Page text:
Monte Carlo simulation of two-dimensional hard rectangles: Confinement effects

Derek A. Triplett, Kristen A. Fichthorn

Research output: Contribution to journalArticle

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Abstract

We use orientational-bias Monte Carlo simulations to examine the phase behavior of two-dimensional hard rectangles in the bulk and under confinement by hard walls. For all of the rod aspect ratios and area fractions studied, we find that confinement increases the degree of nematic ordering over the bulk, as confined rods tend to align their long axes parallel to the confining walls. The extent of nematic ordering increases as the separation between the confining walls decreases. If the aspect ratio of the rectangles is sufficiently large, they exhibit nematic ordering in both the bulk and under confinement, where the nematic director is set by the walls. Rods with a small aspect ratio are isotropic in the bulk and exhibit weak tetratic tendencies for sufficiently high densities. From studies of density profiles, angular distributions, and orientational correlation functions for confined, low-aspect-ratio rods, it is apparent that they align their long axes parallel to the wall in the near-wall region, where layering occurs for sufficiently high rod densities. However, confined rods with low aspect ratios still exhibit weak tetratic (isotropic) tendencies near the center of the confined region for all but the smallest wall separations. We note that although our studies probe the ordering of hard rectangles, the entropic tendencies that we observe here will be present for rods with energetic interactions. Thus, these studies serve as a general starting point for understanding and controlling the assembly of rods in two-dimensional confining geometries.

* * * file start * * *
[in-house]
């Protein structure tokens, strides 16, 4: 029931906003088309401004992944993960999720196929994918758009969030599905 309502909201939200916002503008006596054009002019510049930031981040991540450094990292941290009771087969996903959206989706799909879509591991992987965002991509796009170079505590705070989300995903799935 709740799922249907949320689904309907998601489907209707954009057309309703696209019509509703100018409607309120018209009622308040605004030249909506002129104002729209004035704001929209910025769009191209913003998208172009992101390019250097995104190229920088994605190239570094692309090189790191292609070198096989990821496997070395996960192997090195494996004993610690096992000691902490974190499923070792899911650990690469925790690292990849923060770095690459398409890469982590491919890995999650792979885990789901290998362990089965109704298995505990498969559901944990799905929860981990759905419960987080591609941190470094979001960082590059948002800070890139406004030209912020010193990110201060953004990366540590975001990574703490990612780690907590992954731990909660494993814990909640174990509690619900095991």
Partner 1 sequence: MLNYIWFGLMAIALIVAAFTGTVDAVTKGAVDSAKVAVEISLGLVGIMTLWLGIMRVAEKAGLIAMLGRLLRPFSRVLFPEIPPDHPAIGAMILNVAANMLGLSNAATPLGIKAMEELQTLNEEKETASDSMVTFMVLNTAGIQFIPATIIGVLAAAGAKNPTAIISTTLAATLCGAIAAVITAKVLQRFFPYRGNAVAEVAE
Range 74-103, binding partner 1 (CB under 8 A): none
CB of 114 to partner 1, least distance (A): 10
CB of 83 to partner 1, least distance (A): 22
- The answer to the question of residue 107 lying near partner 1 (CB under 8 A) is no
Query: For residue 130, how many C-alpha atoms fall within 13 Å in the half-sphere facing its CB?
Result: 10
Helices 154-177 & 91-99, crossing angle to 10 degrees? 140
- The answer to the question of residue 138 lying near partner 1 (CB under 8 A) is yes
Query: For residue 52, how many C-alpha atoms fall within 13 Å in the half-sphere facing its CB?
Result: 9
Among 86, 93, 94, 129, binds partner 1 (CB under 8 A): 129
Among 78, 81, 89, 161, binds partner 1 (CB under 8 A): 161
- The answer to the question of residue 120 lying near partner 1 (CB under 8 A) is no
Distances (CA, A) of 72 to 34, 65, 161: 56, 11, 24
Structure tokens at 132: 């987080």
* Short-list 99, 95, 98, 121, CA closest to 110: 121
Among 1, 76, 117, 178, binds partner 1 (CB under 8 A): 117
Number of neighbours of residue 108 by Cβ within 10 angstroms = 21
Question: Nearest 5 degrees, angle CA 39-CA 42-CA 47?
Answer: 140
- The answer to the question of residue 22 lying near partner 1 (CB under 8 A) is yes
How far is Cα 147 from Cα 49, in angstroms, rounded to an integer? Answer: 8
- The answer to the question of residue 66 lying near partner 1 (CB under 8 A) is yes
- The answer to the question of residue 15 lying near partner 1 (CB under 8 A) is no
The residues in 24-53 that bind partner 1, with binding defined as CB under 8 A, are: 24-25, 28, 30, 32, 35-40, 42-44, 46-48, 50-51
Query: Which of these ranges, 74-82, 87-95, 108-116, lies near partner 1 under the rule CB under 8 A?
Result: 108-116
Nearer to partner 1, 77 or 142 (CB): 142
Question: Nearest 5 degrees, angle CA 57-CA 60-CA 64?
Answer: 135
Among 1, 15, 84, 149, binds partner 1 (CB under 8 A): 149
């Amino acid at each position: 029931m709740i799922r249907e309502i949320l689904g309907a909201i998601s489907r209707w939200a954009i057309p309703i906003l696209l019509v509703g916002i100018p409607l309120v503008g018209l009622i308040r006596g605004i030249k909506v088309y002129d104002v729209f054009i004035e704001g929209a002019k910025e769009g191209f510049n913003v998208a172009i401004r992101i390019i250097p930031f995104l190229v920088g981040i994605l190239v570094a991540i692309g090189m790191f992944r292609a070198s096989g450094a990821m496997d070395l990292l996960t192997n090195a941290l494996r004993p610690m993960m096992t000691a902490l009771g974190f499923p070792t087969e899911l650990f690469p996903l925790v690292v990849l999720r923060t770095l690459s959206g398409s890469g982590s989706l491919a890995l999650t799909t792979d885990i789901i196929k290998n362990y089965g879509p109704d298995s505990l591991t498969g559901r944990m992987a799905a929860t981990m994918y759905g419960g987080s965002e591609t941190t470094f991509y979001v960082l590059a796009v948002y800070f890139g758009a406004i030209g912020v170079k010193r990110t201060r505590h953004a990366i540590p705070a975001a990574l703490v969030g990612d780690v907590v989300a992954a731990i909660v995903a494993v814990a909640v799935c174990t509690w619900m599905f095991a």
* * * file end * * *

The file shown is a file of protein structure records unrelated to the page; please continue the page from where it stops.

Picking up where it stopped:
Original languageEnglish (US)
Article number011707
JournalPhysical Review E - Statistical, Nonlinear, and Soft Matter Physics
Volume77
Issue number1
DOIs
StatePublished - Jan 31 2008

All Science Journal Classification (ASJC) codes

  • Statistical and Nonlinear Physics
  • Statistics and Probability
  • Condensed Matter Physics

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